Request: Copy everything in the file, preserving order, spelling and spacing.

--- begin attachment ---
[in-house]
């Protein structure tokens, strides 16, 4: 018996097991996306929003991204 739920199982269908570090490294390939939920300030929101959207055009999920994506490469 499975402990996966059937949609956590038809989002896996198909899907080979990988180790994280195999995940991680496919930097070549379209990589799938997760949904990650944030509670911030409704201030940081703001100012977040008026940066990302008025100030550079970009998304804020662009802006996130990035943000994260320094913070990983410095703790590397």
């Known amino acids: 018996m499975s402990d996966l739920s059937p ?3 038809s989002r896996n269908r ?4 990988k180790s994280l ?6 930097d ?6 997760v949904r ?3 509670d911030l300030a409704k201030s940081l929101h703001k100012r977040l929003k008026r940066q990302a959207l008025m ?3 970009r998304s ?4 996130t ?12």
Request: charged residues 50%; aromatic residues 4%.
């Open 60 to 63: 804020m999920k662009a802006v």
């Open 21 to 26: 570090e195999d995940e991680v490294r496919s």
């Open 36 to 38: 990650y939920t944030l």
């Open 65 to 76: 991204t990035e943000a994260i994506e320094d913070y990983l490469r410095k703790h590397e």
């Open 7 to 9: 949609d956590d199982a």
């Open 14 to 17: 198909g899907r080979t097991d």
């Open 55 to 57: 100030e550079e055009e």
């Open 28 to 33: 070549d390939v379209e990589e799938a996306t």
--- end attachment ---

[in-house]
């Protein structure tokens, strides 16, 4: 018996097991996306929003991204 739920199982269908570090490294390939939920300030929101959207055009999920994506490469 499975402990996966059937949609956590038809989002896996198909899907080979990988180790994280195999995940991680496919930097070549379209990589799938997760949904990650944030509670911030409704201030940081703001100012977040008026940066990302008025100030550079970009998304804020662009802006996130990035943000994260320094913070990983410095703790590397």
């Known amino acids: 018996m499975s402990d996966l739920s059937p ?3 038809s989002r896996n269908r ?4 990988k180790s994280l ?6 930097d ?6 997760v949904r ?3 509670d911030l300030a409704k201030s940081l929101h703001k100012r977040l929003k008026r940066q990302a959207l008025m ?3 970009r998304s ?4 996130t ?12």
Request: charged residues 50%; aromatic residues 4%.
């Open 60 to 63: 804020m999920k662009a802006v």
């Open 21 to 26: 570090e195999d995940e991680v490294r496919s």
């Open 36 to 38: 990650y939920t944030l």
């Open 65 to 76: 991204t990035e943000a994260i994506e320094d913070y990983l490469r410095k703790h590397e």
């Open 7 to 9: 949609d956590d199982a």
């Open 14 to 17: 198909g899907r080979t097991d």
């Open 55 to 57: 100030e550079e055009e």
């Open 28 to 33: 070549d390939v379209e990589e799938a996306t």